It hasn't come up the mountain to the Tavern yet. But the US weather folk at NOAA tell us it won't be long.
Personally, I look out and see very little practical, obvious evidence.
High tide at Fort Denison in Sydney Harbour. You can see that if the sea is rising, it's not rising very much. More evidence that the alarmist figures put out by the climate bigots are a crock. Al Gore prophecies rises of several metres.
You can see that the sea level has been plateaued since 1950 -- exactly the time that the climate bigots say global warming began. So NONE of the rise was due to global warming. The small amount of global warming we appear to have had in recent decades did not shift the sea level one iota. Fun!
When the water reaches the window, then you can worry. Meanwhile much will be written, many statistics made up and poured over, and vast amounts of GW grants will be given to over-excited scientists. Many scary, imaginative illustrations will be made.
At NOAA, and elsewhere.
Believe it or not !!Is sea level rising?Yes, sea level is rising at an increasing rate.
What's the difference between global and local sea level?
Just the facts, ma'am.
Global sea level trends and relative sea level trends are different measurements. Just as the surface of the Earth is not flat, the surface of the ocean is also not flat—in other words, the sea surface is not changing at the same rate globally.
Not to mention the weight of cities !! Oz, for instance is very slowly tipping over with all the building going on on the East side and barely any on the west to even it out !! And there's all the concrete wellie jobs happening.Sea level rise at specific locations may be more or less than the global average due to many local factors: subsidence, upstream flood control, erosion, regional ocean currents, variations in land height, and whether the land is still rebounding from the compressive weight of Ice Age glaciers.
Hmmmm. And photos taken every 50 years or so are just so cheap and easy. Much better to pour vast sums into satellites.Sea level is primarily measured using tide stations and satellite laser altimeters. Tide stations around the globe tell us what is happening at a local level—the height of the water as measured along the coast relative to a specific point on land.
Aaaarghhh. Where are your water-wings?Satellite measurements provide us with the average height of the entire ocean. Taken together, these tools tell us how our ocean sea levels are changing over time.Global sea level has been rising over the past century, and the rate has increased in recent decades. In 2014, global sea level was 2.6 inches above the 1993 average—the highest annual average in the satellite record (1993-present). Sea level continues to rise at a rate of about one-eighth of an inch per year.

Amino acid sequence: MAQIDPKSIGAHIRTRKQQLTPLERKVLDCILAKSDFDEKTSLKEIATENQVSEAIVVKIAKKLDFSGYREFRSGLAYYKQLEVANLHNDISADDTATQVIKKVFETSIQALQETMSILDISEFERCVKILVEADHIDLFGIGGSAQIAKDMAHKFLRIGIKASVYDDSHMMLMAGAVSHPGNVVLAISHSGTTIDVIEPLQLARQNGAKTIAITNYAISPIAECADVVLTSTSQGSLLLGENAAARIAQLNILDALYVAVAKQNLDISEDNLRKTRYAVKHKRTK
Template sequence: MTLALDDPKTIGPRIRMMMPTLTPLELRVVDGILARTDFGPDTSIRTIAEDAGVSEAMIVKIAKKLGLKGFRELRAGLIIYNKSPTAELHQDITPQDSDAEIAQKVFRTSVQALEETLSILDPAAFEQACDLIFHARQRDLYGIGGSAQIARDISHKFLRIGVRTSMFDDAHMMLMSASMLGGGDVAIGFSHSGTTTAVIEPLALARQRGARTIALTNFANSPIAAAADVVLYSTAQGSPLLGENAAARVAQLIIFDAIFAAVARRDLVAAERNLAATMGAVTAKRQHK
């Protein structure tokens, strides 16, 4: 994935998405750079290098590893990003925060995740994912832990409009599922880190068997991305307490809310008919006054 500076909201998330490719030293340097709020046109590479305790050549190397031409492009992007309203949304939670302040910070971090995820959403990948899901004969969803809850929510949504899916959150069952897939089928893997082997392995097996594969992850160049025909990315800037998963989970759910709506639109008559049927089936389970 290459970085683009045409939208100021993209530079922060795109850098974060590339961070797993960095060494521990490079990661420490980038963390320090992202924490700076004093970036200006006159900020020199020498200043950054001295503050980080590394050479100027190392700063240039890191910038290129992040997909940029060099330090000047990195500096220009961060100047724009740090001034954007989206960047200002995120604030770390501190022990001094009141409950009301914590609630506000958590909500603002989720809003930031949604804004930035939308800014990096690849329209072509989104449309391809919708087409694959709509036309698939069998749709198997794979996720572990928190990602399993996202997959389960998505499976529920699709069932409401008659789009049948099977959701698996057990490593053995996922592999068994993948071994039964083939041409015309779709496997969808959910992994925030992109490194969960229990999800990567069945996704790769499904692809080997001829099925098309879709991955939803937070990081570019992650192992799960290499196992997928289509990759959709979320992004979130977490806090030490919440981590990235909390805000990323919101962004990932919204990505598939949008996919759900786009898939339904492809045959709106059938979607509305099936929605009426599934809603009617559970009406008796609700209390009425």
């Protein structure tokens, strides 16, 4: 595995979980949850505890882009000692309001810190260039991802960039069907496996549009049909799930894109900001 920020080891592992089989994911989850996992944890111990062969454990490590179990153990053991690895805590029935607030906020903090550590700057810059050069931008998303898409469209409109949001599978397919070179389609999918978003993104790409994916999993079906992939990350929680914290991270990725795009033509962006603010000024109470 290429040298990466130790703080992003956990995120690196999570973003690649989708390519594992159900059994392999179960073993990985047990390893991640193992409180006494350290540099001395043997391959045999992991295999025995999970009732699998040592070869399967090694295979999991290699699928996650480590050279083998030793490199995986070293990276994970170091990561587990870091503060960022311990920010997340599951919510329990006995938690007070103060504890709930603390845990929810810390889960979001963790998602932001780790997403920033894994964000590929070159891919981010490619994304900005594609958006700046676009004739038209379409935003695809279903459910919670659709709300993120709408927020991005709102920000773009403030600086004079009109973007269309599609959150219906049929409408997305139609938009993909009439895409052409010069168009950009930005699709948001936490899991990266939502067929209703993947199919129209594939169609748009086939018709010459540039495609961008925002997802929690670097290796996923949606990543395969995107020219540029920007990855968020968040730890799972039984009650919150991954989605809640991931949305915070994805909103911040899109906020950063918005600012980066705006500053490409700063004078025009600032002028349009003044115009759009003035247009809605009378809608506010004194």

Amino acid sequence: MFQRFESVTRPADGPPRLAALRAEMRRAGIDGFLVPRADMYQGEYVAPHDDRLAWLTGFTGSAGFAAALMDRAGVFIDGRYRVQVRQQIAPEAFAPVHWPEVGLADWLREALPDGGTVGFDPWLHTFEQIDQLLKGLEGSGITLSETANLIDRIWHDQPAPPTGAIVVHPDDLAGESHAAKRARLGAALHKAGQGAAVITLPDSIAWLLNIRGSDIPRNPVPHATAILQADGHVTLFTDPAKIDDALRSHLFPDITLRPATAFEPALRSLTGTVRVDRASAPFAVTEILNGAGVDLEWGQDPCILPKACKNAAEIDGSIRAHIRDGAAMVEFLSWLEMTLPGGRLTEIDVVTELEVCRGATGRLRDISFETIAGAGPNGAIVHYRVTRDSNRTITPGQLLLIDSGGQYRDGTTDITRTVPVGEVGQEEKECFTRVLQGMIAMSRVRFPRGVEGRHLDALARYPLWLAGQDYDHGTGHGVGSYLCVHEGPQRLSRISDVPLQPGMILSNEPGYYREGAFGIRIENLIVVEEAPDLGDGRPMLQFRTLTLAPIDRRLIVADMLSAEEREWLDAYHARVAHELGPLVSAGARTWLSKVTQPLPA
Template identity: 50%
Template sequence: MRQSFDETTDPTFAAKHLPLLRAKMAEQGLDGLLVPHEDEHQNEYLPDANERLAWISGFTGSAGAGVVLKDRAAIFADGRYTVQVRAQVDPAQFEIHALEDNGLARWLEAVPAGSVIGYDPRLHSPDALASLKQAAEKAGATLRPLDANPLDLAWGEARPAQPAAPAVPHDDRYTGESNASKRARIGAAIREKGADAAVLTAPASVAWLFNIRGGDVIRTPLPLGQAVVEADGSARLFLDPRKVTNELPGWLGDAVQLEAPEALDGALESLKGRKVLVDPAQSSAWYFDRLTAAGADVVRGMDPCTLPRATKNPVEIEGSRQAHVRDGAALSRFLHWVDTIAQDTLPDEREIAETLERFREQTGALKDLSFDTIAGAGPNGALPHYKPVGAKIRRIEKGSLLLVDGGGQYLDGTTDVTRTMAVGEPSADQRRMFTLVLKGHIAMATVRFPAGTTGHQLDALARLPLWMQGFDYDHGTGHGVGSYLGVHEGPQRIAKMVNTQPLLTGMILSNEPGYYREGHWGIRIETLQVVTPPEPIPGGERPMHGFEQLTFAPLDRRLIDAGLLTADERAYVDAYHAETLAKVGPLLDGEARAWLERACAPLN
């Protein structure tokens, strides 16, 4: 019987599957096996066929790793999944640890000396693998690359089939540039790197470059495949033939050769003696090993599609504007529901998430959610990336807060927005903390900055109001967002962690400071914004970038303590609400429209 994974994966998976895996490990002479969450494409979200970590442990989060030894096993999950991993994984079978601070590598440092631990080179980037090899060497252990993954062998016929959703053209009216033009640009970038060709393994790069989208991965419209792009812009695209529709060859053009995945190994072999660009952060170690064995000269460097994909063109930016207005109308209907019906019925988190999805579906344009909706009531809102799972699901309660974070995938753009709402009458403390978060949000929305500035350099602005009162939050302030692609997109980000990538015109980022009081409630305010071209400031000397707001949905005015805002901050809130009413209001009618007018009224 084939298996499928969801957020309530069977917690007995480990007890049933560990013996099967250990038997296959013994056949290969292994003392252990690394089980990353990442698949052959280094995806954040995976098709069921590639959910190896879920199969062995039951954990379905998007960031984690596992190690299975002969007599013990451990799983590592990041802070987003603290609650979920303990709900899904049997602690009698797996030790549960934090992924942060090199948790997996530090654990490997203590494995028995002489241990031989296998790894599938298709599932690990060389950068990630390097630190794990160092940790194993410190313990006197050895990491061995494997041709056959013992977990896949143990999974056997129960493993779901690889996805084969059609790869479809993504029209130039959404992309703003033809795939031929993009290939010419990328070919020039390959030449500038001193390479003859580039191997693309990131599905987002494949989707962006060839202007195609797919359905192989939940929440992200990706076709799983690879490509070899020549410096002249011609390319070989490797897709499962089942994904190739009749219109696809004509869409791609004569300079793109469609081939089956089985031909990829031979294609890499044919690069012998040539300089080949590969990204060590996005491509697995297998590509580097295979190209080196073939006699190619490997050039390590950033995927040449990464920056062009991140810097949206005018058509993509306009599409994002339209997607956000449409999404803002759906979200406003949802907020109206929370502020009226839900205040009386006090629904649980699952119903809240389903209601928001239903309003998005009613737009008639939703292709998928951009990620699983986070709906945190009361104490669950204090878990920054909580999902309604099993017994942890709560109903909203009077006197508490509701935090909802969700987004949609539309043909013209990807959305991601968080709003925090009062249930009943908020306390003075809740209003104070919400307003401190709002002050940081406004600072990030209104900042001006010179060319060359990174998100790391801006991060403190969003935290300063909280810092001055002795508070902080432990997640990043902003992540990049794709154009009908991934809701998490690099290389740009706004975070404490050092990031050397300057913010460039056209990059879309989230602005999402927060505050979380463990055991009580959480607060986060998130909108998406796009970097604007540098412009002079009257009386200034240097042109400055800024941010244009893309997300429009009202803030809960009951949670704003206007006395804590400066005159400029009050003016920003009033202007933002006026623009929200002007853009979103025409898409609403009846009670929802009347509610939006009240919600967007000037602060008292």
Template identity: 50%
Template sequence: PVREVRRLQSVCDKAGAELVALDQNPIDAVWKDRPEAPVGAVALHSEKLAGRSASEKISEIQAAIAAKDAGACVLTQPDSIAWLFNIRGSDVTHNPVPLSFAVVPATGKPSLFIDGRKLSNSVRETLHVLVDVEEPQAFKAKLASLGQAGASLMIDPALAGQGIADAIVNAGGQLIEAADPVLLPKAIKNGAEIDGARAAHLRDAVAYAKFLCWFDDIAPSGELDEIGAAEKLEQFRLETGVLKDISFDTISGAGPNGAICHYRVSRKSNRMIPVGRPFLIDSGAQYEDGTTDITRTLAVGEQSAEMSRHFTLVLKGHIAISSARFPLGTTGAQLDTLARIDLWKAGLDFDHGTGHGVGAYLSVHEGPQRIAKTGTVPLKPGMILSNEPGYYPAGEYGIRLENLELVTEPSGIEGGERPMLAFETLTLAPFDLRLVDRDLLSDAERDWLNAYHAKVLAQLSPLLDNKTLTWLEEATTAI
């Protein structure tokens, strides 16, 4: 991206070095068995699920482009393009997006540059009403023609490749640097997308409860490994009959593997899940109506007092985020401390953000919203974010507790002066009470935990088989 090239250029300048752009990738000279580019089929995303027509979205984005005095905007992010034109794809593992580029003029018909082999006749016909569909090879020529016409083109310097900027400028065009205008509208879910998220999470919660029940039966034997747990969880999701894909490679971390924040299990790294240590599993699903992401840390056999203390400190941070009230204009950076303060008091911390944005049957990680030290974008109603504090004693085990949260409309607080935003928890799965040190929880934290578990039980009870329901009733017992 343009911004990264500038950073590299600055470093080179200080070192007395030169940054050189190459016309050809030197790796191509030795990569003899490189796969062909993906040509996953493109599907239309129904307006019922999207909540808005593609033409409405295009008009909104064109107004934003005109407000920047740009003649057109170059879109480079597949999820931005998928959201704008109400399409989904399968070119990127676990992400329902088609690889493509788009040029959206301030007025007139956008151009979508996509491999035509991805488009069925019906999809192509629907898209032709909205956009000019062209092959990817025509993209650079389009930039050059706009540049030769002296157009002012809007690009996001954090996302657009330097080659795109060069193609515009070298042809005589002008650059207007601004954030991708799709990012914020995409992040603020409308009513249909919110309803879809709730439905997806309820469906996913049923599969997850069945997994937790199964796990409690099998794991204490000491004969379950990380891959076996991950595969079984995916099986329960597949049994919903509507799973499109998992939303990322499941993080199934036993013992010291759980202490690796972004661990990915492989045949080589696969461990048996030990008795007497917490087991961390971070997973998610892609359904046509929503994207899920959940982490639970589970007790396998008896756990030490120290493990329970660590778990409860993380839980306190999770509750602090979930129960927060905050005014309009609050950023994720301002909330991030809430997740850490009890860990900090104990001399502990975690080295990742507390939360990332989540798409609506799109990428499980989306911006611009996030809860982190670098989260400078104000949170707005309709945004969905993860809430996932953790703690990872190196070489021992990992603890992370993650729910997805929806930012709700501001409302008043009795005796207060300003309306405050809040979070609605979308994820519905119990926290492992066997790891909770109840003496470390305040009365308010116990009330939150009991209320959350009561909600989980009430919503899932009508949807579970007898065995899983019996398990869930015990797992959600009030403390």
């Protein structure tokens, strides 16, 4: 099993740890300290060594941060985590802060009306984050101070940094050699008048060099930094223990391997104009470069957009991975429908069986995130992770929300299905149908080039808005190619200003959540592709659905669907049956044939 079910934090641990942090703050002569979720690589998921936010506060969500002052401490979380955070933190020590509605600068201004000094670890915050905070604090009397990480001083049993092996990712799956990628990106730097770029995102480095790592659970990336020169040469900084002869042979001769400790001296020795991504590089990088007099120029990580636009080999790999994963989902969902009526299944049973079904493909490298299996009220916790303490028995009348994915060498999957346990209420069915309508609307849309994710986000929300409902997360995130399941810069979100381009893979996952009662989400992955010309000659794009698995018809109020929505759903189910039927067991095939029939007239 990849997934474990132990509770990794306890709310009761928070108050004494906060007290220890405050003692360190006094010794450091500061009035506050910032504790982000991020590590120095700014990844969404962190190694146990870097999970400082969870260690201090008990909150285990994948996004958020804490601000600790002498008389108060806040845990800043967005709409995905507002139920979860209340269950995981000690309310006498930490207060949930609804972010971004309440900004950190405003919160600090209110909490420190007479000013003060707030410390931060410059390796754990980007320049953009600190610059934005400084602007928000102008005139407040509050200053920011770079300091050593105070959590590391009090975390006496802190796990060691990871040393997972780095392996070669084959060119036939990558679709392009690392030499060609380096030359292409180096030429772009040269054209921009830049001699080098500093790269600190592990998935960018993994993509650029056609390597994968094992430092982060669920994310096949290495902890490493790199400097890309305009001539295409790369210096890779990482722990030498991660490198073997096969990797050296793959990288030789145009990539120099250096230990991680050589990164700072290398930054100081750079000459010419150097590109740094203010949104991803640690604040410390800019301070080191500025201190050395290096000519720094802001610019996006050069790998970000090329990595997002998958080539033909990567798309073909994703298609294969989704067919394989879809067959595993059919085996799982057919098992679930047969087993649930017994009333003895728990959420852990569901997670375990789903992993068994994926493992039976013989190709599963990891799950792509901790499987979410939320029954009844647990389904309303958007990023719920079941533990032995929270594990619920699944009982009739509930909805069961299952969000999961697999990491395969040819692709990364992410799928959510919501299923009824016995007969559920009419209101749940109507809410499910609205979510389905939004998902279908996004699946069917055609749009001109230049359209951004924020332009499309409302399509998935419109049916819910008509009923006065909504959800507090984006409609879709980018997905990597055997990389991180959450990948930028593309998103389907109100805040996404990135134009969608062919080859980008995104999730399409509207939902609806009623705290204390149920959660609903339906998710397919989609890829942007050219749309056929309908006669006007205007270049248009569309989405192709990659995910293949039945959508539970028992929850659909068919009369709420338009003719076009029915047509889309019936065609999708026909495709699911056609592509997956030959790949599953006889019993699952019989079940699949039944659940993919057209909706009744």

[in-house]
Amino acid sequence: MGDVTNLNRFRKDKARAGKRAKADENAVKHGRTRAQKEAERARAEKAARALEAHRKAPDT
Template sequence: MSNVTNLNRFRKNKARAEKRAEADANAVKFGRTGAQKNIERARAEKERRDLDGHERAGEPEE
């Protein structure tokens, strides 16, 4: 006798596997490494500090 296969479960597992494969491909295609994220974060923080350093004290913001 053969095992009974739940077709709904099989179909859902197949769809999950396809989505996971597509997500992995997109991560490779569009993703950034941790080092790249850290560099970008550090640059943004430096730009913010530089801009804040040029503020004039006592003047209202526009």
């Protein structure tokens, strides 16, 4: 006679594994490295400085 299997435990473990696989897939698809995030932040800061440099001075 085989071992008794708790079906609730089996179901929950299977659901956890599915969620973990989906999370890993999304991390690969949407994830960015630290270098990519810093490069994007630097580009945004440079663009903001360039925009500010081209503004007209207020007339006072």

Higher sea levels mean that deadly and destructive storm surges push farther inland than they once did, which also means more frequent nuisance flooding. Disruptive and expensive, nuisance flooding is estimated to be from 300 percent to 900 percent more frequent within U.S. coastal communities than it was just 50 years ago.
The two major causes of global sea level rise are thermal expansion caused by warming of the ocean (since water expands as it warms) and increased melting of land-based ice, such as glaciers and ice sheets. The oceans are absorbing more than 90 percent of the increased atmospheric heat associated with emissions from human activity.With continued ocean and atmospheric warming, sea levels will likely rise for many centuries at rates higher than that of the current century. In the United States, almost 40 percent of the population lives in relatively high-population-density coastal areas, where sea level plays a role in flooding, shoreline erosion, and hazards from storms. Globally, eight of the world's 10 largest cities are near a coast, according to the U.N. Atlas of the Oceans.
Sea level rise at specific locations may be more or less than the global average due to local factors such as land subsidence from natural processes and withdrawal of groundwater and fossil fuels, changes in regional ocean currents, and whether the land is still rebounding from the compressive weight of Ice Age glaciers.
It really is a lot of crock.In urban settings, rising seas threaten infrastructure necessary for local jobs and regional industries. Roads, bridges, subways, water supplies, oil and gas wells, power plants, sewage treatment plants, landfills—virtually all human infrastructure—is at risk from sea level rise.
With continued ocean and atmospheric warming, sea levels will likely rise for many centuries at rates higher than that of the current century. In the United States, almost 40 percent of the population lives in relatively high-population-density coastal areas, where sea level plays a role in flooding, shoreline erosion, and hazards from storms. Globally, eight of the world's 10 largest cities are near a coast, according to the U.N. Atlas of the Oceans.Well you have heard it from NOAA and we still do not see the Government Ark-building scheme. The unemployed are not dragooned to the sea shore and given planks and saws and hammers.
Safe bet is that we are safe and we need more concrete wellie jobs.
What do you think?
Me? I shall have a pint.